In this essay I will argue that making plans for the future is counterproductive. How is this so? This is so because I say it is so. If, on the contrary, one says that it is not so, then it is not so. Now that it can be so and can also be not so simultaneously, the argument is neither true, nor is it false. The argument simply is. Since it is, it is open to an infinite amount of judgment. Each individual judgment will then, in turn, be open to an infinite amount of opposing arguments. The one question leads to innumerable amounts of separate answers, and the many answers all lead back to the one question. My answer, whether it convinces you or not, can be nothing other than truth to me. What is truth? Truth is discernable to the individual but indescribable to the masses. Truth is a product of knowledge that generates an answer. Knowledge is a product of truth that generates many answers. My knowledge of the Truth is little, but what is true to me is the value I put into what I am learning and practicing. Within this practice of writing about my grasp of ancient Chinese philosophy and the impact it has had on me, I plan to generate a strong, true and universal answer to the question of, whether or not, planning is counterproductive.
To make a plan is to organize for an end result. A result is something impenetrable, and being impenetrable, it must be unchangeable and definite. When the result is obtained, a new plan will be made and a new result will be aimed at. This is the way of human beings. Human life is flustered with a cyclical pattern that consists of the birth and death of plans. I plan to write this. Now I plan to write this. The words I chose to write don’t seem to come from the wind, or from the stars, but from the thought of what I think should be said next. The words I am choosing for this present sentence took extra planning, some were erased and some added, and in the end, the simple sentence I planned to write became rigid and confusing for you to read. It is the immediate, spontaneous decisions we make that enable us to move swiftly through life, or essay writing.

Thursday, April 16, 2009


Here's a scenario. . .

A man named Boy is on his way to class on a sunny day. It isn't just any class. It is a mandatory science class. Nor is it any ordinary day. The clouds are non-existent. The wind, a mere breeze. The temperature is at the perfect medium so that Boy cannot differentiate if it is hotter or colder. It simply just is.

Boy oh boy, our man Boy has a dilemma here. He fears that if he goes to class he will then waste his opportunity to enjoy this beautiful day. On the other hand, he is fearful of the consequences of missing this class. Mind you, Boy did not willingly sign up for this class, it was mandatory for him to take it. And so, Boy was ever so upset on his way to class when he bumped into Miss Mama.

"What's up kid? You look pensive!" cried Mama. Mama always had a way with knowing how Boy was feeling, even without having to speak.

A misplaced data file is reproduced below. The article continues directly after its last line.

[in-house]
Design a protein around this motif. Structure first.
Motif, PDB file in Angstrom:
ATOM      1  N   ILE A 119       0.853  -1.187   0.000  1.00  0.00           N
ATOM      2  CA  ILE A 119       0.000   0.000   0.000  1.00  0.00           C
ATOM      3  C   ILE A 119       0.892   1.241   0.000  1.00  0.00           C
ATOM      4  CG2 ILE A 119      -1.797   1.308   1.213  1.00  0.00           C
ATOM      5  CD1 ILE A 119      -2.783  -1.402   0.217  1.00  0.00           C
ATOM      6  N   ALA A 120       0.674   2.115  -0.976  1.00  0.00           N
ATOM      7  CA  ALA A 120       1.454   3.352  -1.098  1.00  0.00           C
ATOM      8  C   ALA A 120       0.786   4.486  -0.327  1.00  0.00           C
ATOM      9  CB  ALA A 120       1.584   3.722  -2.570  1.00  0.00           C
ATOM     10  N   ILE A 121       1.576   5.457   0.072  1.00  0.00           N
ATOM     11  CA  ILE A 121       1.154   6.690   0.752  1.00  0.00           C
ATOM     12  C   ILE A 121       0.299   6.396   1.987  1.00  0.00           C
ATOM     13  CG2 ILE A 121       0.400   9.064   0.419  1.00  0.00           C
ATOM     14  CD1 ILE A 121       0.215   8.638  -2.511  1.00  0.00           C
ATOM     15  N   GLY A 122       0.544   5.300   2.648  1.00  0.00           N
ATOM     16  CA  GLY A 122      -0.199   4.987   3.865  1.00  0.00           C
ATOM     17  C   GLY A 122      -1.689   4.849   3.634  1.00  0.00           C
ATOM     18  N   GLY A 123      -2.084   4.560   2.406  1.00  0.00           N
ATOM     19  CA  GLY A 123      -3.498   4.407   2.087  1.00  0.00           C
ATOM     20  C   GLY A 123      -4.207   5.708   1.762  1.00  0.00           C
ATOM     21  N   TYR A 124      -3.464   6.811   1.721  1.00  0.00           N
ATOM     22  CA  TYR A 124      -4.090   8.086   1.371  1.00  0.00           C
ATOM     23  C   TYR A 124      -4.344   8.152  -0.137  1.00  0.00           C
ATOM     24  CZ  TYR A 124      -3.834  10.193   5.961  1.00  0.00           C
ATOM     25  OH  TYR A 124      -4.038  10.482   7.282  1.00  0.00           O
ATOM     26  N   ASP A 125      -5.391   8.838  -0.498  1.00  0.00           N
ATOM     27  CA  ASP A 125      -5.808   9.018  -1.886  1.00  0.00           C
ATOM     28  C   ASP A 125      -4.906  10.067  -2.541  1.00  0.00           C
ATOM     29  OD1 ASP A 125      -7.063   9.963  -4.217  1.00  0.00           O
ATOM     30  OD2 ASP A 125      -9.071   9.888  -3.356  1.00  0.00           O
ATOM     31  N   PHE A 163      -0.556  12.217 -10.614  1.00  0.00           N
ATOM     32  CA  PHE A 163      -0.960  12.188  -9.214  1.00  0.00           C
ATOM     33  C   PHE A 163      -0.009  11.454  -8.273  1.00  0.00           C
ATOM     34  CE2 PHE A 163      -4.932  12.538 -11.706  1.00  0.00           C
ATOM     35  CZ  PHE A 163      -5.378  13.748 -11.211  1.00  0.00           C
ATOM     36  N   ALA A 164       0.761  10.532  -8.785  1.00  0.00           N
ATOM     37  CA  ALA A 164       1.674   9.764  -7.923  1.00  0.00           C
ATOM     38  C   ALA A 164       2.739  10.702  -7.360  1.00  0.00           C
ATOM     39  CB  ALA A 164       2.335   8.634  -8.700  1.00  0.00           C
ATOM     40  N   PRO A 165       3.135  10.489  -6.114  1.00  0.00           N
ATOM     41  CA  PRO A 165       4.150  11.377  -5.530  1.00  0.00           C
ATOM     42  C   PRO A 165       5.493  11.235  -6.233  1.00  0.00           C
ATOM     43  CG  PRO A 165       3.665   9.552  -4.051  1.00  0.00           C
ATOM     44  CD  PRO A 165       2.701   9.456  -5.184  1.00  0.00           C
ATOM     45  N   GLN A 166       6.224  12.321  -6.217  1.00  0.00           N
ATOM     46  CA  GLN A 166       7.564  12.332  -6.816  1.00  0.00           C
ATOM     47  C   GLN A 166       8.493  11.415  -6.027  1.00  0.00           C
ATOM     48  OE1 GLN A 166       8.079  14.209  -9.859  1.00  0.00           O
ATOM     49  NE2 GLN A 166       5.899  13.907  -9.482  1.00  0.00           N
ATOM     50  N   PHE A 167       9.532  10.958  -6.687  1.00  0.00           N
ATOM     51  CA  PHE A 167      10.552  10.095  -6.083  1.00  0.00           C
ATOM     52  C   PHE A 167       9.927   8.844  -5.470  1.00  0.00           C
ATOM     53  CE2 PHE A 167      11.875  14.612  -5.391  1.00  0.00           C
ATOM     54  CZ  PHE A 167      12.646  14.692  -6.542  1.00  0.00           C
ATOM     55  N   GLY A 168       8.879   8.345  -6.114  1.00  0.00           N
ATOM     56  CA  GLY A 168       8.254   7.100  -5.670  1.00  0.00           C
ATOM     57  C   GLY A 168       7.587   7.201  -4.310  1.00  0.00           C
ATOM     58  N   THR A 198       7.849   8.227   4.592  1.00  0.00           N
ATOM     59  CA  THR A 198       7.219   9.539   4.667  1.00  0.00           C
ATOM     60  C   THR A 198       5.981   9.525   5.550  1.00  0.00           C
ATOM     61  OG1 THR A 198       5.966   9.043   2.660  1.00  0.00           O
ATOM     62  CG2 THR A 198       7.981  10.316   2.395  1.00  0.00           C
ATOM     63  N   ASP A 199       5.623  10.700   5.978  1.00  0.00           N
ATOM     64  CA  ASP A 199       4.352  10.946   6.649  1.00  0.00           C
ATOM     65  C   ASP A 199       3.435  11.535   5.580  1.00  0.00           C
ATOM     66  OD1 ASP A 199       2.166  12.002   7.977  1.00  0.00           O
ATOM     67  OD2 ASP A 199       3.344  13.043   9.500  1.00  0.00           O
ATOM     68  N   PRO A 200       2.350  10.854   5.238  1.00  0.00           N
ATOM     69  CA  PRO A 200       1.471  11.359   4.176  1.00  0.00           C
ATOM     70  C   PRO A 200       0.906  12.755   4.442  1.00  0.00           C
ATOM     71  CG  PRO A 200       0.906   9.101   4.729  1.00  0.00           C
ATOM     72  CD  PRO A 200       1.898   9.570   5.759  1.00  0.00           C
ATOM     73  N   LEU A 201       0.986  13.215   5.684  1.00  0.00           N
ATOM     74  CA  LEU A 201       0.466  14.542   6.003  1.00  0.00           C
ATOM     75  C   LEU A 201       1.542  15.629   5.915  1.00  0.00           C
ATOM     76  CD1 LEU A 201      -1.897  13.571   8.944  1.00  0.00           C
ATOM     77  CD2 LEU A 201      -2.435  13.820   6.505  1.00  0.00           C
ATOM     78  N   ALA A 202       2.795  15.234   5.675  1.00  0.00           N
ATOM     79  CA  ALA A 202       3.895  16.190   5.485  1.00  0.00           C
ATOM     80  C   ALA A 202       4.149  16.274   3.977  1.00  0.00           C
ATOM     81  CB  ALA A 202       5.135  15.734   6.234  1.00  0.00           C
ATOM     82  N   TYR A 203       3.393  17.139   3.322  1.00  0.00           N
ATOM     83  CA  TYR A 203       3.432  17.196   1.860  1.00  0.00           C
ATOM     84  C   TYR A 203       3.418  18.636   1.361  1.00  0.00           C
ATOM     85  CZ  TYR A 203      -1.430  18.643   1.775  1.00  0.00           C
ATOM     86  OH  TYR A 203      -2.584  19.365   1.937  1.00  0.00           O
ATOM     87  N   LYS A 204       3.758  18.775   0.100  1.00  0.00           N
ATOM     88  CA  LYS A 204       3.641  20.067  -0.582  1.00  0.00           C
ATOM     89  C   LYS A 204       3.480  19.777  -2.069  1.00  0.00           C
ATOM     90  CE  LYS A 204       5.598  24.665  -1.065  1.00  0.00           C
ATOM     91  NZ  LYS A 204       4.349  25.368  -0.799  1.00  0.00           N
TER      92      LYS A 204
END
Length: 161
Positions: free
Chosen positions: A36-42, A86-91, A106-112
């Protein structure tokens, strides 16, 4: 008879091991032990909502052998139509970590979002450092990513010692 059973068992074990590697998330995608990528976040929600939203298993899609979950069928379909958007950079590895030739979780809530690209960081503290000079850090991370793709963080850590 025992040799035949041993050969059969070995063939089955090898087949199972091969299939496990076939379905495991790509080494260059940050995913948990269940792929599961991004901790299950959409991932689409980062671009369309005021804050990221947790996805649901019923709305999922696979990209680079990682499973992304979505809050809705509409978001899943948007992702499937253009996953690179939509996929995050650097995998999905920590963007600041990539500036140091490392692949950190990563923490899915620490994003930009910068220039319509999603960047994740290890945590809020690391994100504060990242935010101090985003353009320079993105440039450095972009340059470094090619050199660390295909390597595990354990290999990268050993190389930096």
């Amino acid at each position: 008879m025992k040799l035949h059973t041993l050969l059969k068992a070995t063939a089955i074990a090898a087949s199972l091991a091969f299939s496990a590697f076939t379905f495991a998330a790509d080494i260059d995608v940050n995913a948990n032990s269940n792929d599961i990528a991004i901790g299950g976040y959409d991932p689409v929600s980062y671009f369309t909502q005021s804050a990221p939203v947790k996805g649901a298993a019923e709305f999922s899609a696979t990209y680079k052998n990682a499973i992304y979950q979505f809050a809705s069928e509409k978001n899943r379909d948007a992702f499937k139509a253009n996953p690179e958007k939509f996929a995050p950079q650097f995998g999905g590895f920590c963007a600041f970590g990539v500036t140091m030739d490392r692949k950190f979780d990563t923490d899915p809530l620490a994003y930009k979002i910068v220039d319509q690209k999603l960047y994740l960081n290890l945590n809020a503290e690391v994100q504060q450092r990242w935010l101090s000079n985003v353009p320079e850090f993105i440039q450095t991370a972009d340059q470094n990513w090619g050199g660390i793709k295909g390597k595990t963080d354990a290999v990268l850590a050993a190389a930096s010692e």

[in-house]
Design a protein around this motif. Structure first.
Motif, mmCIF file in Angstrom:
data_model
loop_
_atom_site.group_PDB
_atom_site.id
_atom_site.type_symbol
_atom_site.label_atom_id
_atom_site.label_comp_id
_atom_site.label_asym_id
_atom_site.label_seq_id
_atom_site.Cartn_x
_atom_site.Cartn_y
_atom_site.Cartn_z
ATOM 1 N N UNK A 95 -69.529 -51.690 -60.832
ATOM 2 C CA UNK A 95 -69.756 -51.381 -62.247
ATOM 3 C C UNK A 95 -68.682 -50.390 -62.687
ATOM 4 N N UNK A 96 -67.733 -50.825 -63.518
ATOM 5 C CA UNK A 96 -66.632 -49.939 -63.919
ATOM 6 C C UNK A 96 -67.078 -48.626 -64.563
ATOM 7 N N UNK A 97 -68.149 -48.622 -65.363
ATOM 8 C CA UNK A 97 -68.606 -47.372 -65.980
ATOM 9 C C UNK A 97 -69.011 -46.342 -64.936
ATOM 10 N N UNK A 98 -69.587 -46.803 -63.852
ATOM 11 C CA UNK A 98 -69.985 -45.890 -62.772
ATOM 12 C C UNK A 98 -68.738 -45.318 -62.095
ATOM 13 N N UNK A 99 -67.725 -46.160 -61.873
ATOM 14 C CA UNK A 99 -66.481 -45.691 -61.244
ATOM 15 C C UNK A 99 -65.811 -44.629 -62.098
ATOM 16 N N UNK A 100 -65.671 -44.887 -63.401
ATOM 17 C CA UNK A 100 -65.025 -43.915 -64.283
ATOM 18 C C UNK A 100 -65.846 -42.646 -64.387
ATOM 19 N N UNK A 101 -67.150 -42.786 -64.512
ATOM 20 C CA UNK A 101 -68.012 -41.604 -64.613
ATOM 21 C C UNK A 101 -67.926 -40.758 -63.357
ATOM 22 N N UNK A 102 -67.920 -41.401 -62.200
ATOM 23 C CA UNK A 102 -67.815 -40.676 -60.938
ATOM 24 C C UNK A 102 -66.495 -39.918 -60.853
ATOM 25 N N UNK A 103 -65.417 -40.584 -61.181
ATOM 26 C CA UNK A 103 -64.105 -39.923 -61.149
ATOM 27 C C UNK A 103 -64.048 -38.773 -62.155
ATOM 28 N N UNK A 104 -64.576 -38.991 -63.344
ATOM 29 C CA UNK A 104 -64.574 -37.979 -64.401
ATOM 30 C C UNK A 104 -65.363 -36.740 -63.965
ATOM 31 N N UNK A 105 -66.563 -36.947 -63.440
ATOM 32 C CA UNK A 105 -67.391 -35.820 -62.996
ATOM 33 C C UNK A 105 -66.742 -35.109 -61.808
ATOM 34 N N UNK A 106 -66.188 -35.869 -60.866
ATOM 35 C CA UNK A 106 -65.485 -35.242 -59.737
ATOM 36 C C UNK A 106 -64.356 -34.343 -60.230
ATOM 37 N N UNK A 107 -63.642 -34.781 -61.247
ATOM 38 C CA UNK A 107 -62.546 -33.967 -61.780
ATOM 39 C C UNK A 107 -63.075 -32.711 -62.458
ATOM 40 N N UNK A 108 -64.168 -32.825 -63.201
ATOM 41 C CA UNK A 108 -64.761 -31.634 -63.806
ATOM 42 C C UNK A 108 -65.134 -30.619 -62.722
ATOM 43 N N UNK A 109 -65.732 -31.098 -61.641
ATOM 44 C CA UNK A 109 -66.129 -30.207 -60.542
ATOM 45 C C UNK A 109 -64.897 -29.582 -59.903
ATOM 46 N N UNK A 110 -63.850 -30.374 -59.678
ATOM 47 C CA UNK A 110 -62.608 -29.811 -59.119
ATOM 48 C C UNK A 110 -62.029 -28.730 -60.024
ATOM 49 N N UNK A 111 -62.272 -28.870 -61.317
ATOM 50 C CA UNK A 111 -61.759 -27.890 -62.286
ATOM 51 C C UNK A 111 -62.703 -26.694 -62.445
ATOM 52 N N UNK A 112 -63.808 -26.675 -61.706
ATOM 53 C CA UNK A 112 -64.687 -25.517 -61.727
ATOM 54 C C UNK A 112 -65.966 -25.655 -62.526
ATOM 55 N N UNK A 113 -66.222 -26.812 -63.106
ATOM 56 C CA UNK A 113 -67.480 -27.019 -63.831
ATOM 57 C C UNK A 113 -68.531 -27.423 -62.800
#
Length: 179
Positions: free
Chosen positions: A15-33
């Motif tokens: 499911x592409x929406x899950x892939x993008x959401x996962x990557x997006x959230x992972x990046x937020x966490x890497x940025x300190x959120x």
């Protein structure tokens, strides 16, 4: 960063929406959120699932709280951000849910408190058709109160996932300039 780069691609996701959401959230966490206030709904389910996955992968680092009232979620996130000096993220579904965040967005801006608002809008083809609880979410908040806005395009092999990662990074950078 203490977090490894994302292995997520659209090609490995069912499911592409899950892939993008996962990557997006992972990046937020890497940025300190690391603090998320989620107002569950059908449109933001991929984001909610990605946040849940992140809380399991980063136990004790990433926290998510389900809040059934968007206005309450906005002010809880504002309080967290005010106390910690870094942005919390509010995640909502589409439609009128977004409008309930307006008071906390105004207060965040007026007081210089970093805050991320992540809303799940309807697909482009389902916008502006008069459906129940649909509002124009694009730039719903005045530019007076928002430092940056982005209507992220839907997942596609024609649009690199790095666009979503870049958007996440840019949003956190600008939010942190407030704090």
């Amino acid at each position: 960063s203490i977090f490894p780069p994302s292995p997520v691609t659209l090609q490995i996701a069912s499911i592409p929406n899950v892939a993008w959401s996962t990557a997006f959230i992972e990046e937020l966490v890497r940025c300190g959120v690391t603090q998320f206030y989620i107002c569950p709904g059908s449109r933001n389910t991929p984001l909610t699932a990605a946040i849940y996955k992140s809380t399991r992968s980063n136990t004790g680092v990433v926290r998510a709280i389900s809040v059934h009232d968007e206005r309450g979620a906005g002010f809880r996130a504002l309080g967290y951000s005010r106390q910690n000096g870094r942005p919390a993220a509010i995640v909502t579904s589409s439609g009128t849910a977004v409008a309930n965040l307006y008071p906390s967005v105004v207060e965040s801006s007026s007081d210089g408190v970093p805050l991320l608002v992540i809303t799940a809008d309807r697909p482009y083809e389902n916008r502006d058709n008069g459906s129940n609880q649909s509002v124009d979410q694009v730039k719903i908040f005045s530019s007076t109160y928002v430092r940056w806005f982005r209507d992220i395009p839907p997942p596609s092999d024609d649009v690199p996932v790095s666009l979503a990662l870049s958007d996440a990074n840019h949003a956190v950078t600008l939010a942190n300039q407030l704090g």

"I don't want to go to class." cried Boy.
"So don't." Mama murmured.
"I don't want to get in trouble, or bad grades, or any of that extra shit either!" Boy barked.
"So go to class then, Bo--"
"Well I know what I Have to do. I see what the Want me to do, but I am having trouble making time for things that I think I Need to do and its getting to me, Mama. Does that make me crazy?"

There was a pause of uncertainty between the two as they both pondered their present day existence. . . Questions like "Am I happy?" and " What's really important to me?" were no floating in the back of each of their minds when Mama said, "It's all relative, Boy."

Thursday, April 9, 2009

Purchase Utopia

Ahh, the sun is shining. People are breathing. Hearts are calmly beating. Circles are forming and dried herbs are rolling. You can hear music in the distance and you follow your way towards the sound. A Frisbee drift into sight, you catch it and throw it back to someone you haven't spoken to yet, but soon will. You find the epicenter of sound is a group of singing people vibrant with color. They invite you to sit on the laid out Ethiopian style blanket to smoke a giant tubed water pipe that they call a Hookah. You do so, why not? After all, it's Purchase College.

Conversation leads you to discuss the weather, the colors of spring, the topless males and the curiosity of whether the females will soon too, be topless. The mood is mellow and the feeling is good. Everyone seems so damn down to Earth here. . .

It makes sense, doesn't it? I mean, here at Purchase College people are walled in. The campus is a box of bricks built right in the middle of nowhere. Conveniently enough, the nowhere that Purchase is located in, is in the in the middle of a busy business world. The matters of the business world that surround SUNY Purchase are of no concern really, because they don't touch us. Again, we are walled in.

Within these walls of Purchase is beauty. People here are attracted to the one thing in this world that seems to keep them sane. This thing is art. To us, art is life and making it will hopefully last a lifetime. Within these walls, on a sunny day, you will be able to observe the sort of Utopia that is the community of Purchase.